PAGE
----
Note: Although many fans, including myself, do not consider their “Star Control 3” canon, we have nothing against Legend Entertainment personally. Like Toys for Bob, Legend Entertainment also worked hard to keep food on the table and have worked on other quality titles such as Unreal II: The Awakening.
I was looking for something interesting stuff to get on eBay when I discovered something strange: An official strategy guide for Legend Entertainment’s, “Star Control 3” (shudder), published by Prima Publishing. Of course, this is NOT the true sequel to Star Control 2.
This guide is written by Daniel Greenberg, who also provided game’s script, dialog, voice direction, programming and game design. He has also worked on other games such as Crysis, The Lord of the Rings Online and the upcoming game, Tom Clancy’s Ghost Recon: Shadow Wars.
So, why am I writing about this? While the strategy contains the walkthrough of the game itself, there are chapters at the beginning and the end that talk about their experience with animatronics and even gives a shout-out to Paul Reiche III, Fred Ford and Greg Johnson. Other than the walkthrough, these additional chapters are:
Here are some interesting things I noticed: Many people are mentioned in the dedication, including the Star Control fanbase itself:
“To those highly active Star Control fans whose years of letters, e-mail, poll answers, Web pages, newsgroup arguments, online forums, and personal conversations at convention gave us the feedback, tips, recommendations, and utterly unreasonable demands we needed. You helped shape the direction and mold the final form of Star Control 3.”
Has anyone ever wrote to Legend Entertainment about Star Control 3 during its development? I don’t want to point the finger at anyone; I’m just saying that I don’t think their design for the game (e.g. animatronics, Precursor hippos, etc.) could have been inspired by fan letters.
There were other studios that collaborated with Legend on this game:
- SOTA/FX (State of the Art FX) - Animatronics
- Panoptic Imaging - 3D images
- Absolute Pitch - Audio
- Flite Three - Video Post-Production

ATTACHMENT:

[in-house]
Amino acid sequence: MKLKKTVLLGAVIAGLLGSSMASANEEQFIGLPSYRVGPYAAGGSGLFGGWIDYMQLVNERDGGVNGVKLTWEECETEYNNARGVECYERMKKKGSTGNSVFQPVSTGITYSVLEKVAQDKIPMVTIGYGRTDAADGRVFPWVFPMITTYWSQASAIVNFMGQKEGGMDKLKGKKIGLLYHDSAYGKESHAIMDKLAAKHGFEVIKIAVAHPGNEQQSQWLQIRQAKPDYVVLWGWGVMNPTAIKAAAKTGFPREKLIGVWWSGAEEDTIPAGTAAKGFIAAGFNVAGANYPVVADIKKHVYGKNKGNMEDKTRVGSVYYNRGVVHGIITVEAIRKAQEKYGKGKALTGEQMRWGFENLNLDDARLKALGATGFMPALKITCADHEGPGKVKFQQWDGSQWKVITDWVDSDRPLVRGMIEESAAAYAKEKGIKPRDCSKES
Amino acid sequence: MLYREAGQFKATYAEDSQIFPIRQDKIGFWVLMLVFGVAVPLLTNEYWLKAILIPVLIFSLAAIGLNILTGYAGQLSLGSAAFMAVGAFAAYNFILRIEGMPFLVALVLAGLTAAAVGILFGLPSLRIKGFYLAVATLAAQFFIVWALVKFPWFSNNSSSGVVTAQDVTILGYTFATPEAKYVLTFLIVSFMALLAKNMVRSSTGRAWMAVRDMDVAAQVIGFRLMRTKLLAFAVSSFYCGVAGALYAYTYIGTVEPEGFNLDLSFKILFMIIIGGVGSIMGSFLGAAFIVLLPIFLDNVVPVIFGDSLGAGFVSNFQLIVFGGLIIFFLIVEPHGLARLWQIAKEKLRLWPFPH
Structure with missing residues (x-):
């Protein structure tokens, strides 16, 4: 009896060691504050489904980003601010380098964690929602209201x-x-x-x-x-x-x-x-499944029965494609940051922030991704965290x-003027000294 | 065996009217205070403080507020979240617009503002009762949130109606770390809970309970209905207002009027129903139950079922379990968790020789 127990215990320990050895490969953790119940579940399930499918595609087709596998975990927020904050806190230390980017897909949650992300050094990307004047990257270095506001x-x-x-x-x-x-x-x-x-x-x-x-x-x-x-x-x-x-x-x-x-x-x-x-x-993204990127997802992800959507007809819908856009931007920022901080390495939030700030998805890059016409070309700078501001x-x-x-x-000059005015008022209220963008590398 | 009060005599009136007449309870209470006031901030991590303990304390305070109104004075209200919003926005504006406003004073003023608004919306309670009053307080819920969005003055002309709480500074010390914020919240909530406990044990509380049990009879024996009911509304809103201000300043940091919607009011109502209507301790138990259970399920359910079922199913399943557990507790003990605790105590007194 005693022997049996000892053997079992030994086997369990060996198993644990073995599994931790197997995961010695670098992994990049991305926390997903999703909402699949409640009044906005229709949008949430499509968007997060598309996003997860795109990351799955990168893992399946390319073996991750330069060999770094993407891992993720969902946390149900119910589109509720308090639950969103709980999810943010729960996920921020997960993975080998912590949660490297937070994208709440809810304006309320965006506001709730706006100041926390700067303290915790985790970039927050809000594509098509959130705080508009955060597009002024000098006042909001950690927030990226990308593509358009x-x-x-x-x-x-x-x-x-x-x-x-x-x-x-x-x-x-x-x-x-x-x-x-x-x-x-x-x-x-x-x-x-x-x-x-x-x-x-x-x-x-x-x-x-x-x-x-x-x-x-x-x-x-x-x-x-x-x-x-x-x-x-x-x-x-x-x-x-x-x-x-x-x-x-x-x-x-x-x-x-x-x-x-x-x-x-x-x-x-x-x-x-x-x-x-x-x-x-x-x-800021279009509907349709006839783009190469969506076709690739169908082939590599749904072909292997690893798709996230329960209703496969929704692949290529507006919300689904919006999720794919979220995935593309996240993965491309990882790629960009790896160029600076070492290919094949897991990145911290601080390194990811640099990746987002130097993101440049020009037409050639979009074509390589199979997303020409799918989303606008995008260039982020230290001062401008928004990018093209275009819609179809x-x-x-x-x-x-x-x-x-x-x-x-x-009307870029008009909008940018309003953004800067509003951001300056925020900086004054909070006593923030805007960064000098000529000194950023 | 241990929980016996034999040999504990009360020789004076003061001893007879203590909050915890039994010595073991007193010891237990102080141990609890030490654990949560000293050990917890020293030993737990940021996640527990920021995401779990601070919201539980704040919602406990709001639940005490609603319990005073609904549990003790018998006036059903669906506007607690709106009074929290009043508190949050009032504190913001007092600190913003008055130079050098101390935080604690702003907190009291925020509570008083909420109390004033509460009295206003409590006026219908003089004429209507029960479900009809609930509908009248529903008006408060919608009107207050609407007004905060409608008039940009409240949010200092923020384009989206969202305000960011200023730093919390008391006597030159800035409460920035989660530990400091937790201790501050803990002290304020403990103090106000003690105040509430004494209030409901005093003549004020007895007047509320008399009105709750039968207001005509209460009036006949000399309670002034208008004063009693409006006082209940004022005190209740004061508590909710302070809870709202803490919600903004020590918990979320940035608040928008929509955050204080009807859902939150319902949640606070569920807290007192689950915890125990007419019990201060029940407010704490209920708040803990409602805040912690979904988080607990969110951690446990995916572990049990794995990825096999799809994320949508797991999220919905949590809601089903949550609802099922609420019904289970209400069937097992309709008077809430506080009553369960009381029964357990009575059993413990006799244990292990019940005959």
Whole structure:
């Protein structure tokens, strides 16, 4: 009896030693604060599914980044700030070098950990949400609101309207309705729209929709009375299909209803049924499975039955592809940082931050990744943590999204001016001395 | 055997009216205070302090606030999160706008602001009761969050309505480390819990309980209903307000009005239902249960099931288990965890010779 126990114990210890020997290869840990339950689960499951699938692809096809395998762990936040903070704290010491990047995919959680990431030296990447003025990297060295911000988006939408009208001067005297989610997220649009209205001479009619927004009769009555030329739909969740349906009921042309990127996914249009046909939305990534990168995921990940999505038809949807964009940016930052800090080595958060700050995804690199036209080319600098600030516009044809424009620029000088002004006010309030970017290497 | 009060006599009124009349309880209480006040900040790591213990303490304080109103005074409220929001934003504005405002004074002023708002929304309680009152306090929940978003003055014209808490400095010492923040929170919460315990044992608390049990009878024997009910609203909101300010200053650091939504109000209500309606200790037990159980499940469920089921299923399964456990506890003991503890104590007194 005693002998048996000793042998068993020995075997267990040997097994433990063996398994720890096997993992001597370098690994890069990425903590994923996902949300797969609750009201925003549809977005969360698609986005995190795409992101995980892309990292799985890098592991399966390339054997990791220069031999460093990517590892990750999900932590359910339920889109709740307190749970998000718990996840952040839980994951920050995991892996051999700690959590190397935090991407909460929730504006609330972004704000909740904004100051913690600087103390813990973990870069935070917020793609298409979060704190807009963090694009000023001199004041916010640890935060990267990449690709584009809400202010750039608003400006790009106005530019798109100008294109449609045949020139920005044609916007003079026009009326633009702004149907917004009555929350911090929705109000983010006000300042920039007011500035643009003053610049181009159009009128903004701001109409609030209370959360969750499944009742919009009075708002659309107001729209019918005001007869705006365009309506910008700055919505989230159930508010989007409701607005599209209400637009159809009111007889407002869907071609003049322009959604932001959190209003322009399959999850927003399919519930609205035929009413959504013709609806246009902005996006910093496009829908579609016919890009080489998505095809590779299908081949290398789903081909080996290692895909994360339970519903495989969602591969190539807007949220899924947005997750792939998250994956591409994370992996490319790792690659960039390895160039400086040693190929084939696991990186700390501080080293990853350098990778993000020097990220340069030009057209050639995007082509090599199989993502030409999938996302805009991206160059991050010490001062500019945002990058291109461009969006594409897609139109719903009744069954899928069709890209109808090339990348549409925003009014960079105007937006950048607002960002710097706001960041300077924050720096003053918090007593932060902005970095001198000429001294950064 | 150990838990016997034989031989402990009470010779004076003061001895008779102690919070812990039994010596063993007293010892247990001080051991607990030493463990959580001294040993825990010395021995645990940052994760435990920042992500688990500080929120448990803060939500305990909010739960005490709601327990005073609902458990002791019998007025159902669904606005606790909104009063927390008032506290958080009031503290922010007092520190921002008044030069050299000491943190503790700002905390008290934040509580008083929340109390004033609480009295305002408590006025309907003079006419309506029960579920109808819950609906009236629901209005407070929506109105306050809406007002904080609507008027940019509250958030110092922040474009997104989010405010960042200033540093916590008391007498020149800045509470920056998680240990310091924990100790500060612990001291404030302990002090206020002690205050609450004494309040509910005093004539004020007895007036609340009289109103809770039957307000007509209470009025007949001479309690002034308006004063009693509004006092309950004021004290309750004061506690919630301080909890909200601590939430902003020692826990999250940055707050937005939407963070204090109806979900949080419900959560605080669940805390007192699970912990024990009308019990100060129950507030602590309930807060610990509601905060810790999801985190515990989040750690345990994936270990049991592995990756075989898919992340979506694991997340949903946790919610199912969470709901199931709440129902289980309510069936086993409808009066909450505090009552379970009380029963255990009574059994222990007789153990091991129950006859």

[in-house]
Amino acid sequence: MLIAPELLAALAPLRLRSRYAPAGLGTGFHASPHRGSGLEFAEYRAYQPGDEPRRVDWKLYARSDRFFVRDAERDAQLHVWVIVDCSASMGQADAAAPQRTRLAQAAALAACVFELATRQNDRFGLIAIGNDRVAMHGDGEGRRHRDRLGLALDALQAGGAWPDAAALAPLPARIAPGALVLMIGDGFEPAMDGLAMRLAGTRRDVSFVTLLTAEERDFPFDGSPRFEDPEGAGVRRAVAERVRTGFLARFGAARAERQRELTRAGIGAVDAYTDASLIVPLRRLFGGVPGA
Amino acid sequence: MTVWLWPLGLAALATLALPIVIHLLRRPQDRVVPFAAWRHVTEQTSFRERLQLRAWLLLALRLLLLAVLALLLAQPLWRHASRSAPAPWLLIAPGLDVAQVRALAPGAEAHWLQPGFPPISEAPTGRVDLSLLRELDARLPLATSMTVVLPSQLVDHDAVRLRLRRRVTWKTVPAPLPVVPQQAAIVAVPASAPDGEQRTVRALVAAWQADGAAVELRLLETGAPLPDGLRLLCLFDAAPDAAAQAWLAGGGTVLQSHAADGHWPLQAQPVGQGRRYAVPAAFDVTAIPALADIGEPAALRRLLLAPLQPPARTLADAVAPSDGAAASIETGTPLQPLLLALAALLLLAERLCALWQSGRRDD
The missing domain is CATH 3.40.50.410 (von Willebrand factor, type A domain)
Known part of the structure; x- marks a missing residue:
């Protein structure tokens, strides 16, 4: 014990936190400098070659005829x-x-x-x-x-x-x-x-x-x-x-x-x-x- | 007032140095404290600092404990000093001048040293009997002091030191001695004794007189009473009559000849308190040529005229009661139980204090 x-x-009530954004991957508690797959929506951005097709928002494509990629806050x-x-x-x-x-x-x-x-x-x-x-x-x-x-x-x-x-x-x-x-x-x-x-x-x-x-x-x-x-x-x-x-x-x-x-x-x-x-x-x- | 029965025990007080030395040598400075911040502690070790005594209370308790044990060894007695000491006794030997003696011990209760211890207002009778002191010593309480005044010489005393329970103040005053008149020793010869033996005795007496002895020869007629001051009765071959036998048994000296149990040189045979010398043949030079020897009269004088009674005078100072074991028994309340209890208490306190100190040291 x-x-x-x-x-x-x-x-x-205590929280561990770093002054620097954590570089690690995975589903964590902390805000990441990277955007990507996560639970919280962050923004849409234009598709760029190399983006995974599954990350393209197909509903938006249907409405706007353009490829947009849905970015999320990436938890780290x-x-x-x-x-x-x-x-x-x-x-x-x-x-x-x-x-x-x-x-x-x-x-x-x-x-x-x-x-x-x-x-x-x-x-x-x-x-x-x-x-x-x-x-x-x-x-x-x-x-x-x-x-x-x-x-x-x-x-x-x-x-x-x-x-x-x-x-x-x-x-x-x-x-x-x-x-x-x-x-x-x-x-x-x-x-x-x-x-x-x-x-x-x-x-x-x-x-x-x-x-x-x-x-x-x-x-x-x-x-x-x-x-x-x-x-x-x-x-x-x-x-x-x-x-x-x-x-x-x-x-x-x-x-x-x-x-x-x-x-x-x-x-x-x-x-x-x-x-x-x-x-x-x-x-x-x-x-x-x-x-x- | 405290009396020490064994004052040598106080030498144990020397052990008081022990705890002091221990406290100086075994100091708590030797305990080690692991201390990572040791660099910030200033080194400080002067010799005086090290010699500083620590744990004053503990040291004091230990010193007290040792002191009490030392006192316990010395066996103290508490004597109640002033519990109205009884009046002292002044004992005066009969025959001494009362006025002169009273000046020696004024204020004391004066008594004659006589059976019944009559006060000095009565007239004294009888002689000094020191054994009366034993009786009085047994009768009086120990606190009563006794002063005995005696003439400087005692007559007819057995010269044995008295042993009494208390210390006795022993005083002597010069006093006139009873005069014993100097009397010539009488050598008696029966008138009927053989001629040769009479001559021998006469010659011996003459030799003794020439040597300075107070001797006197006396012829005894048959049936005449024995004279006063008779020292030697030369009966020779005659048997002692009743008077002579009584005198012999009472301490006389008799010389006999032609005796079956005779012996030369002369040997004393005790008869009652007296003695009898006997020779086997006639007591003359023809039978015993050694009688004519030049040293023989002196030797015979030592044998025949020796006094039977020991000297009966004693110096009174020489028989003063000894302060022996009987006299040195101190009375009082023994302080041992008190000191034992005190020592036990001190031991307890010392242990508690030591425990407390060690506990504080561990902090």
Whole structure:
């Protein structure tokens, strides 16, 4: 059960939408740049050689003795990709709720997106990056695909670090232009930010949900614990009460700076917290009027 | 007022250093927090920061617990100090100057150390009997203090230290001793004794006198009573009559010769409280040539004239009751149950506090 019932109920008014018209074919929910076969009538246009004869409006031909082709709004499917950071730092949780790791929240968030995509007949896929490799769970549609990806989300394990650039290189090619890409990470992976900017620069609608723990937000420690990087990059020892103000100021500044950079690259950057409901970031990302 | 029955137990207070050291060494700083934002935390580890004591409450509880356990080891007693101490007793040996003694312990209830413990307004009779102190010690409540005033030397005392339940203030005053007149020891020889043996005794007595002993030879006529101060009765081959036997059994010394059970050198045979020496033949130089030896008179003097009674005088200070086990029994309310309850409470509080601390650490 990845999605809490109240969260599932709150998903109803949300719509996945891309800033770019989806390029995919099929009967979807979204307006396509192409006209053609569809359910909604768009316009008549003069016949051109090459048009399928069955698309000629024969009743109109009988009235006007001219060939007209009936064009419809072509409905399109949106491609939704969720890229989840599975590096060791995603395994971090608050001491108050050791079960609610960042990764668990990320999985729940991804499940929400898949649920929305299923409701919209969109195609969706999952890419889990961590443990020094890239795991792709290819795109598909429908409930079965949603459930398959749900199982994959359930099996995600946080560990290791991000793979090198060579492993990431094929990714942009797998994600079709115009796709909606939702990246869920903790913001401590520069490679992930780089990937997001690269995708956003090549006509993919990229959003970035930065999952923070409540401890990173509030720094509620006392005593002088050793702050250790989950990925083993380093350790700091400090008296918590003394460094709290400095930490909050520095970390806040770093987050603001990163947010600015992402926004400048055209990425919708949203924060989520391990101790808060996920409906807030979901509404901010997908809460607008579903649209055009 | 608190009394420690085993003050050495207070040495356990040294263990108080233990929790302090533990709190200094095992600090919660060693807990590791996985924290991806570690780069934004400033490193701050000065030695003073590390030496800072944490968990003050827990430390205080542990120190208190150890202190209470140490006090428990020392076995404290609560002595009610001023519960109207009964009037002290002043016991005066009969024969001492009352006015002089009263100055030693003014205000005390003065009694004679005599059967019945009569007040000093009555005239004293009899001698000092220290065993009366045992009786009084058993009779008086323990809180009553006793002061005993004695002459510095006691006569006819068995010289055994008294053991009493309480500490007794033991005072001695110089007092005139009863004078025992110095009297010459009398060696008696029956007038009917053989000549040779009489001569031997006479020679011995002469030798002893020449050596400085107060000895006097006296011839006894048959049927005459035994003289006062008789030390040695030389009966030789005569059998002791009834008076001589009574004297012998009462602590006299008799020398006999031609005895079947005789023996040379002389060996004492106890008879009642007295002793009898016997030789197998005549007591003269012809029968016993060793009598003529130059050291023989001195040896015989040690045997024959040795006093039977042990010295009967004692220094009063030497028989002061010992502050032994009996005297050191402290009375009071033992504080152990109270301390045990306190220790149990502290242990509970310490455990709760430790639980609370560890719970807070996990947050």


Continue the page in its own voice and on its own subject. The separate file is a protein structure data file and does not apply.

Paul Reiche, Fred Ford and Greg Johnson are mentioned in the dedication:
And last but not least, to Fred Ford, Paul Reiche III, and Greg Johnson for starting it all. It's been a privilege, guys.
The Forward mentions that Paul and Fred were simply “unavailable” to work on the third game:
“When Accolade decided to do Star Control 3, I jumped at the chance to produce it. But Paul and Fred were unavailable to work on the project and I knew it would take a great crew of people to make Star Control 3 a reality.”
It is generally believed that TFB did not agree Accolade’s terms for SC3. They have also worked several overtime hours on Star Control 2, some of which they were not compensated for.
In The Making of Star Control 3, Daniel states “We wanted to remain true to Star Control 2, which we both loved playing, but we also wanted to go in new directions.” Well, they certainly took it in “new directions” all right.
Then he mentions:
In doing our basic game research, we talked to fans and plowed through numerous online discussion groups. (If you contributed to the SC2 discussions, you may have contributed to SC3.) Accolade even put out a questionnaire. The responses we got varied as widely as the races themselves, but overall they confirmed our opinions.
Again, does anyone remember any discussions or questionnaires? I find this hard to believe, but I really have no way of proving this. I am under the impression that no feedback from the fans were collected.
In the Fun Facts about SC3 section, there are some Star Control fansites listed. One of them is an old link to Pages of Now and Forever. Another site is listed as “The Star Control Saga” with “Comprehensive information on ships and races”. The archived site on archive.org shows a webpage called “Unabashed Crabbiness about Star Control III” which criticizes SC3.
I was surprised to see that Legend Entertainment’s game had additional info about what was done behind the scenes. It even notes that it tries to keep voice distortions to a minimum. I still do not consider Legend’s game part of the canon established by TFB. I would like to reiterate that nothing negative is being directed towards anyone at Legend Entertainment; it’s just that this particular game did not meet our expectations. The animatronic puppets had limited motion and the did not look interesting enough; many of them are simply boxes or a wall. It is obvious that lots of work and effort was put into this project. It’s just that it wasn’t the sequel we were dreaming of and we really wished that TFB was involved in it. I actually never heard of this game until I saw it on star-control.com many years ago back in my college days. It shows that TFB’s unique and passionate style of game development contributes to the awesomeness of Star Control that we all know and love.
Also, I don’t recall anyone ever mentioning discussions with Legend, fan feedback or any form of communication between fans and Legend Entertainment during development. However, this is something that game developers and publishers are using to promote their games; for example, companies use social media to track how people react to trailers and gameplay videos. Many events such as E3 and GDC exist for the sole purpose of showing off games, interviews and collecting data on what people think of it.
The above chapters are worth checking out for anyone who wants to know a little bit more about Legend’s attempt to continue the Star Control universe.
What do you think?